Beth Hulsart, who is on the National Board of Love on a Leash and is the North County chapter co-leader, has been involved with the organization for about six years. She brings her dog, Emily, to many of the Paws for Reading events in the Carlsbad area. 

“It’s just such fun to see the little kids be so excited about the dogs, they forget about worrying to read and getting all the words right,”

— Beth Hulsart

Those who volunteer in the organization don’t get paid in money for their work, but Hulsart stated, “We do it because of the sheer love of visiting and making people smile.” 

Dogs lay on blankets in the library, while volunteers supervise them in their chairs. Children find peace when reading to the dogs and are also able to make small conversation with the volunteers. (Photo By Jessica Haid)

Bill Sannwald, the senior librarian at Georgina Cole Library, takes care of all children’s services and events held at the library. He said that when children read to animals it “boosts their confidence level and makes them feel comfortable.” Children feel safe when reading to the dogs and are able to find reading more enjoyable.

 Plus, after reading a story to a dog, they receive a Love on a Leash bookmark with the dog’s picture on it. They are able to read to as many dogs as they would like and collect the bookmarks over time, giving them a sentimental keepsake of each event. 

Missy, the main librarian at the Cole Library, mentioned that there tends to be at least 25 kids that come to every Paws for Reading session. 

“We have all kinds of kids, kids that are scared of dogs and they come to read,” Missy said. “They learn that the dogs are very gentle, they love kids and love service.” Therapy dogs can calm children while also being energetic in wanting love. 

Parents and grandparents are pleased to see their little ones become more encouraged about reading. 

Marlene Bullard attended the Cole Libraries Paws for Reading with her daughter and granddaughter.

“I think it’s wonderful that the volunteers take their time to read with the children and if the children can’t read, then the volunteer will sometimes read to them,”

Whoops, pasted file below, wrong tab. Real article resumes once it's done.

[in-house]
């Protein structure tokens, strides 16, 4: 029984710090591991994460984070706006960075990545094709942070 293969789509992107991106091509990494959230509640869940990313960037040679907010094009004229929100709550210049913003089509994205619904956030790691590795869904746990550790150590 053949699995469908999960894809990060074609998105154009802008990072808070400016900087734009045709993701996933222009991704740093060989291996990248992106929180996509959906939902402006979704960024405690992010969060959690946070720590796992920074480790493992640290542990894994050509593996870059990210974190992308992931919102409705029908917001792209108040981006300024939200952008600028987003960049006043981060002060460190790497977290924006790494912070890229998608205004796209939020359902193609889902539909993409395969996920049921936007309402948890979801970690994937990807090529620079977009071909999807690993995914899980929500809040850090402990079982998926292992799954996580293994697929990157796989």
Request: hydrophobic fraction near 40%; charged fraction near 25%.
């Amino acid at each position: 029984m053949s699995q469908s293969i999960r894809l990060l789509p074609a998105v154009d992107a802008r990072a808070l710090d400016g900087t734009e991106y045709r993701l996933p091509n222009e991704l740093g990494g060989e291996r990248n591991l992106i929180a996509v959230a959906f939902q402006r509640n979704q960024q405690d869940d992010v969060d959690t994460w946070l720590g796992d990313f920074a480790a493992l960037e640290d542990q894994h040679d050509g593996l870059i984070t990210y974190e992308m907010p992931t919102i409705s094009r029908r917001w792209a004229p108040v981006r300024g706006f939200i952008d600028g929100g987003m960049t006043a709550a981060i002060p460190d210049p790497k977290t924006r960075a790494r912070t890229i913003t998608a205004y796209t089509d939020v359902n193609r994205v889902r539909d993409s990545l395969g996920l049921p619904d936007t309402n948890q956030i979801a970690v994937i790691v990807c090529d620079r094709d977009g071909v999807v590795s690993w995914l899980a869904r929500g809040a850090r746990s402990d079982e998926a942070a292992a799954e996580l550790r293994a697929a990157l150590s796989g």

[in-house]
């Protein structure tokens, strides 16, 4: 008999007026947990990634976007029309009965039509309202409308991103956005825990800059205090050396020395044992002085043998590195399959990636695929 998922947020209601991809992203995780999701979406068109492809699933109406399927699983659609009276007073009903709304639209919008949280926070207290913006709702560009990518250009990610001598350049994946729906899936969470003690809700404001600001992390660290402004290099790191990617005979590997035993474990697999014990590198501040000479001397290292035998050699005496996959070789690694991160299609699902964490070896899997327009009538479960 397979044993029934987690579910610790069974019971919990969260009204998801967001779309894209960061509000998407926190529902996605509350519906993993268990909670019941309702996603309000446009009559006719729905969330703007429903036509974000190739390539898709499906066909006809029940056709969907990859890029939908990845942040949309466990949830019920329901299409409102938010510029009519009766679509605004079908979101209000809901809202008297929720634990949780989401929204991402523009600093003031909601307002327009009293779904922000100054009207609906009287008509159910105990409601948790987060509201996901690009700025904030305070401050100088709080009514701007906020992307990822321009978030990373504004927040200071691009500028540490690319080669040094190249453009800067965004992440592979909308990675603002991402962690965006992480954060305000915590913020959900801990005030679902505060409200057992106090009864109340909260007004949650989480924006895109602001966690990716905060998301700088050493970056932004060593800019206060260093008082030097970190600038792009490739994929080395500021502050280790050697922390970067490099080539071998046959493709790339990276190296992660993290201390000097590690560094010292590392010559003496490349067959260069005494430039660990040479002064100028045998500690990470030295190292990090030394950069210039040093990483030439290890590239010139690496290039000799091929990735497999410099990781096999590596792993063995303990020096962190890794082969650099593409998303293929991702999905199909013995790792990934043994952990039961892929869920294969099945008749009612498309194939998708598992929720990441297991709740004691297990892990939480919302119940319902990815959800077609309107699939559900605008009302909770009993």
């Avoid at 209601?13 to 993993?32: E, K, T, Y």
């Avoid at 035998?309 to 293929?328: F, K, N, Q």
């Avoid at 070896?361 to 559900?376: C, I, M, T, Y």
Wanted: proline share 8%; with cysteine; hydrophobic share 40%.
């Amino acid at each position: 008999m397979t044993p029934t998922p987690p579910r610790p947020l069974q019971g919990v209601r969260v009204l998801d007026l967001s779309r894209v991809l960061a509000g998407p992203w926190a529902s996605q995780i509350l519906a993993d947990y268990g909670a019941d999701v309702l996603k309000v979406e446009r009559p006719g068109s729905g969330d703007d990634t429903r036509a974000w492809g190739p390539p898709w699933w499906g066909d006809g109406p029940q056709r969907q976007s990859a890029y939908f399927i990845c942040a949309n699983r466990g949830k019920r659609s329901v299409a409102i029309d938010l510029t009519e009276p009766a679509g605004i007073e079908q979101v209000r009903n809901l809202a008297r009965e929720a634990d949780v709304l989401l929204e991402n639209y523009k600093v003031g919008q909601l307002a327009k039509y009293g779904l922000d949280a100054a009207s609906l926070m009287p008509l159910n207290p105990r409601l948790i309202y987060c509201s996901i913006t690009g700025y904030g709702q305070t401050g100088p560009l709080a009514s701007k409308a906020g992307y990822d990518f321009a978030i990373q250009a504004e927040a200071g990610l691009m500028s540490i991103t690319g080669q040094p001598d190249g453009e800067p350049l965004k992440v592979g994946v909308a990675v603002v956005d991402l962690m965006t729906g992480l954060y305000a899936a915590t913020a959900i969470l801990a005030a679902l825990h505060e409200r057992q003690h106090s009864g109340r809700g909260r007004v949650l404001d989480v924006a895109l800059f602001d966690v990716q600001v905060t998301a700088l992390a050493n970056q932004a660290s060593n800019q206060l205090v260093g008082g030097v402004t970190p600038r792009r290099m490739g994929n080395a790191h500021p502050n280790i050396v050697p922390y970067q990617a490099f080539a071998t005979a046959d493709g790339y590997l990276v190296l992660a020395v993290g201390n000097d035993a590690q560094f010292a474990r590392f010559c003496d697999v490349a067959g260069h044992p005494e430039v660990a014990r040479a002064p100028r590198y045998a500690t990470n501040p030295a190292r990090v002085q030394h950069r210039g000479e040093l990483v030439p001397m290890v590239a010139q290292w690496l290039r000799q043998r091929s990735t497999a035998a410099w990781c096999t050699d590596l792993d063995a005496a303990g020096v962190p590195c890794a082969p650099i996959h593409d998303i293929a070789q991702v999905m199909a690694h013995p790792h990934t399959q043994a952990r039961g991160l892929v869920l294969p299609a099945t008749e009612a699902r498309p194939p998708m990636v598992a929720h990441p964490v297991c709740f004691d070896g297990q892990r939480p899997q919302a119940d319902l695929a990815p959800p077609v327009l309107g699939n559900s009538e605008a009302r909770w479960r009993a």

— Marlene Bullard

“It encourages literacy which is extremely important. I think it’s an excellent program and they have a great turnout.” 

Parents can stay with their children as they read and socialize with the dogs. Younger ones find excitement in petting the cute dogs. (Photo By Jessica Haid)

Adeline and Hezekiah are siblings who attended Paws for Reading at the Cole Library as well. It was Adeline’s second time coming to a Paws for Reading event. “It’s really fun because dogs are my favorite animal,” Adeline said. “I like that they’re unique and each has a different personality.” 

Her brother Hezekiah also finds relief in spending time at Paws for Reading, “I really enjoy it because all the dogs to me are really friendly and love to hang out with people, they’re very kind.”

Kids aren’t the only ones benefiting from Paws for Reading – so are the dogs. The dogs love their work in being able to get lots of attention and their end-of-the-day paycheck, which can vary from a delicious treat to a healthy carrot. Paws for Reading events, along with the people involved in them, are positively influencing children’s emotions. 

Love on a Leash used to accept high school volunteers to join the organization. However, because adult supervision is needed with many of the requirements and aspects of work that volunteers do, they had to cancel their commitment to student volunteers. Currently, anyone can join Love on a Leash to help with Paws for Reading at the age of 18. 

Dogs can have a big place in a person’s heart and they make a difference in their work as therapy animals. Paws for Reading events are still being held at libraries around the country, including the Georgina Cole Library in Carlsbad. Feel free to stop in and enjoy seeing children light up at the prospect of cute, furry smiles.